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Can you be good without God?

By Nathan Jeffs

Of course you can. Ask Mark Zuckerberg, Warren Buffet or many of the other atheists, agnostics and secularists who have donated huge amounts of money and dedicated their lives to philanthropy. Perhaps, ask religious believers why they are good - why they do good deeds? Is it because of a desire to improve the lives of others? Or is it simply to earn themselves the reward of Heaven, Paradise etc.?

What does it mean to be good? It can be defined as possessing or displaying moral virtue [1] or showing kindness [1]. But how do we interpret these definitions and who do we consider to be a good person? For most people goodness is equated with selflessness. Take this analogy: two people both do the same good deed, however, one did it for a monetary reward, whereas the other did it out of pure altruism. Which one is the good person? I would say the person without an incentive to be good.

Ask many people for an example of a good person and they would quote Mother Theresa, famed for her humanitarian work in the slums of Calcutta. Not least is there questionable motive behind why she did what she did, but there is suspicion as to whether she was much of a humanitarian figure at all. Theresa said herself I think it is very beautiful for the poor to accept their lot, to share it with the passion of Christ. I think the world is being much helped by the suffering of the poor people [2]. Her motivation was purely Christ, purely the reward for her deeds in his eyes. She believed that the plight of the poor was the benefit of the world via the opportunity to please God. But ignoring her motive, there is still an argument that the work she did made her a good person: Robin Fox, editor of The Lancet, described the conditions of the Home for Dying Destitutes (opened by Theresa) as haphazard [3]. Academics described the set-up as caring for the sick by glorifying their suffering instead of relieving it [4]. I do not see Mother Theresa as a good person. We should question the idea that you can be good with God, because were it not for the reward of Heaven or the punishments of Sharia or threat of breaking the Ten Commandments, how many religious people would continue with good deeds?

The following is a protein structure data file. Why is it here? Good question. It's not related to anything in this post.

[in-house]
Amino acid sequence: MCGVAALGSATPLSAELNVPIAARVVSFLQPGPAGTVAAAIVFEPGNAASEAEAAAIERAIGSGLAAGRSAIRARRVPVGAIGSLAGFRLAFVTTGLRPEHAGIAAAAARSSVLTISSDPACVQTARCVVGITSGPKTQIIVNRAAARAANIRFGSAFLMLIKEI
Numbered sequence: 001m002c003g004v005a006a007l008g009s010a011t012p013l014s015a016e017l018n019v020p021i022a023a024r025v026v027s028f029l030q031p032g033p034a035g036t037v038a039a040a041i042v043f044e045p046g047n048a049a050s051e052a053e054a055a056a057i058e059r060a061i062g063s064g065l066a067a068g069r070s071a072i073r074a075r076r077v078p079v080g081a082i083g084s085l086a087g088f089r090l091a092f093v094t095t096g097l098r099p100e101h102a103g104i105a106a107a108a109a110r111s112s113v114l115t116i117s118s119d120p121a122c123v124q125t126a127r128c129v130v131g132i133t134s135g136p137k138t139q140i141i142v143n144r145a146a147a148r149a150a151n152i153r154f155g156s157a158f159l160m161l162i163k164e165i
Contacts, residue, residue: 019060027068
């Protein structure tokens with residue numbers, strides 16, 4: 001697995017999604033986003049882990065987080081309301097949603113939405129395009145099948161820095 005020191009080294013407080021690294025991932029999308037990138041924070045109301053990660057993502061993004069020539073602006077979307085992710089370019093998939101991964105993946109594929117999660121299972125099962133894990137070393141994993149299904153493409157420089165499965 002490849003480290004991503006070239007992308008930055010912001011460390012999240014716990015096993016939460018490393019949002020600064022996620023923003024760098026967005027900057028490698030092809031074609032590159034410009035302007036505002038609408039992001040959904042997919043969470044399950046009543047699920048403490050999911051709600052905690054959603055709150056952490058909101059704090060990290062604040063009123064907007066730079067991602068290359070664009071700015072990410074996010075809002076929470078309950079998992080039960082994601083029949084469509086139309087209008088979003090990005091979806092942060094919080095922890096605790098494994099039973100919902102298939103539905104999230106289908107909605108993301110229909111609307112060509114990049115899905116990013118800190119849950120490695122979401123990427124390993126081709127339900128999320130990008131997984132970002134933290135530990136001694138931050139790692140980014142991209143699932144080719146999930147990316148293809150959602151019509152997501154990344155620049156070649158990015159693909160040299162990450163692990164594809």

The question which needs to be answered, however, is can you be good without God? As I suggested before, surely, one can only be good without God. The world is awash with examples of good deeds with no reward: take the example of Mark Zuckerberg and the Chan-Zuckerberg Initiative which plans to give away $45 billion within the lifetime of the couple. Zuckerberg, who quite aptly listed his atheism on his Facebook profile, has no religious incentive but has still chosen to donate the majority of his personal fortune for the purpose of advancing human potential and promoting equality for all children in the next generation [5]. Is advancing human potential good? Yes. Is promoting equality good? Yes. Does Mark Zuckerberg need God to be good? No.

However, Mark Zuckerberg isn't the typical person. He's a college dropout turned billionaire by his mid-twenties. Many people would be inclined to suggest that more typical people wouldn't be as generous or good unless they had some form of divine influence. But in everyday life we see small-scale examples of Atheists doing good deeds: the group Foundation Beyond Relief co-ordinates many Atheist volunteering projects around the world, improving lives whether that be through disaster recovery and support or through the Dudley Street Neighbourhood Initiative to bring communities together. These are all amazing deeds, all done without God.

Everyone is capable of being good, and everyone should take every opportunity to be good. To say it should be limited exclusively to those who believe in a God simply devalues the thousands of amazing actions done by non-religious people every day. Yes, we can be good without God and I'll conclude with a quote from Humanist Kurt Vonnegut - I am a humanist, which means, in part, that I have tried to behave decently without expectations of rewards or punishments after I am dead.


  2. The Missionary Position - Mother Theresa in theory and practice - Christopher Hitchens
  3. Mother Teresa's care for the dying. The Lancet 344
© 2016 Nathan Jeffs

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